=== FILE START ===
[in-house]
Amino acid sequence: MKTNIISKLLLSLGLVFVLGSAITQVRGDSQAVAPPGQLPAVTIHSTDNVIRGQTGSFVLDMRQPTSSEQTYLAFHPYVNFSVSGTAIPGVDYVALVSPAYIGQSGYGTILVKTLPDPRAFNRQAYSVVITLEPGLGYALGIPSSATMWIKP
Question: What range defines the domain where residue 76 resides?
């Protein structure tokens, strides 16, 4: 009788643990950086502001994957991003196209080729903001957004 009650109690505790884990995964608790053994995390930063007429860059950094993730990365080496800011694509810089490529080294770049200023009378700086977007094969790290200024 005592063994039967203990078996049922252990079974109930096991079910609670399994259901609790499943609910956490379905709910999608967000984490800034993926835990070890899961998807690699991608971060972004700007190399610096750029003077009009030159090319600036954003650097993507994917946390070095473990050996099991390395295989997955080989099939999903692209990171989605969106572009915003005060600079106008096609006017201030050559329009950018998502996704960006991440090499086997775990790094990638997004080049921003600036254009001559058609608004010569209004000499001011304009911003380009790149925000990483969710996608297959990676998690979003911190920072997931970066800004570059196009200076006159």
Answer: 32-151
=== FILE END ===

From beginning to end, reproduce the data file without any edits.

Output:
[in-house]
Amino acid sequence: MKTNIISKLLLSLGLVFVLGSAITQVRGDSQAVAPPGQLPAVTIHSTDNVIRGQTGSFVLDMRQPTSSEQTYLAFHPYVNFSVSGTAIPGVDYVALVSPAYIGQSGYGTILVKTLPDPRAFNRQAYSVVITLEPGLGYALGIPSSATMWIKP
Question: What range defines the domain where residue 76 resides?
């Protein structure tokens, strides 16, 4: 009788643990950086502001994957991003196209080729903001957004 009650109690505790884990995964608790053994995390930063007429860059950094993730990365080496800011694509810089490529080294770049200023009378700086977007094969790290200024 005592063994039967203990078996049922252990079974109930096991079910609670399994259901609790499943609910956490379905709910999608967000984490800034993926835990070890899961998807690699991608971060972004700007190399610096750029003077009009030159090319600036954003650097993507994917946390070095473990050996099991390395295989997955080989099939999903692209990171989605969106572009915003005060600079106008096609006017201030050559329009950018998502996704960006991440090499086997775990790094990638997004080049921003600036254009001559058609608004010569209004000499001011304009911003380009790149925000990483969710996608297959990676998690979003911190920072997931970066800004570059196009200076006159």
Answer: 32-151